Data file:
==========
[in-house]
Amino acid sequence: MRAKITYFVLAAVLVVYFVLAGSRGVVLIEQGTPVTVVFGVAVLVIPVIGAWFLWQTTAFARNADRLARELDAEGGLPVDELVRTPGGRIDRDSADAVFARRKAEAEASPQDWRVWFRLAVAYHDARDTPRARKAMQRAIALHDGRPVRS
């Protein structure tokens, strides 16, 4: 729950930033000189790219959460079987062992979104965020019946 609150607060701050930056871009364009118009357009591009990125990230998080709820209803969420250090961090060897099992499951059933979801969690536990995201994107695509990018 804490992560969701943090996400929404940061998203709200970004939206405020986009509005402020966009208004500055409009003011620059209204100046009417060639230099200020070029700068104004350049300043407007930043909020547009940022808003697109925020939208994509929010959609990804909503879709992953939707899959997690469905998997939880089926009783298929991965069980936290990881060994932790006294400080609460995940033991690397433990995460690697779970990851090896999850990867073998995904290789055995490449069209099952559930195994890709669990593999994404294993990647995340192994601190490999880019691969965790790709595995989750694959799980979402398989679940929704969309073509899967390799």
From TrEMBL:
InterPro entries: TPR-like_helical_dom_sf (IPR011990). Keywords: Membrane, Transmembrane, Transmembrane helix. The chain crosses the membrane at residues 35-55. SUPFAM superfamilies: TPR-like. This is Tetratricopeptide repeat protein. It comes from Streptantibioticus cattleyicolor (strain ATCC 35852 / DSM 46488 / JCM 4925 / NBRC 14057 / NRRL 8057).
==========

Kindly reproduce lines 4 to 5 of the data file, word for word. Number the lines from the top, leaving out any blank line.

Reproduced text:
From TrEMBL:
InterPro entries: TPR-like_helical_dom_sf (IPR011990). Keywords: Membrane, Transmembrane, Transmembrane helix. The chain crosses the membrane at residues 35-55. SUPFAM superfamilies: TPR-like. This is Tetratricopeptide repeat protein. It comes from Streptantibioticus cattleyicolor (strain ATCC 35852 / DSM 46488 / JCM 4925 / NBRC 14057 / NRRL 8057).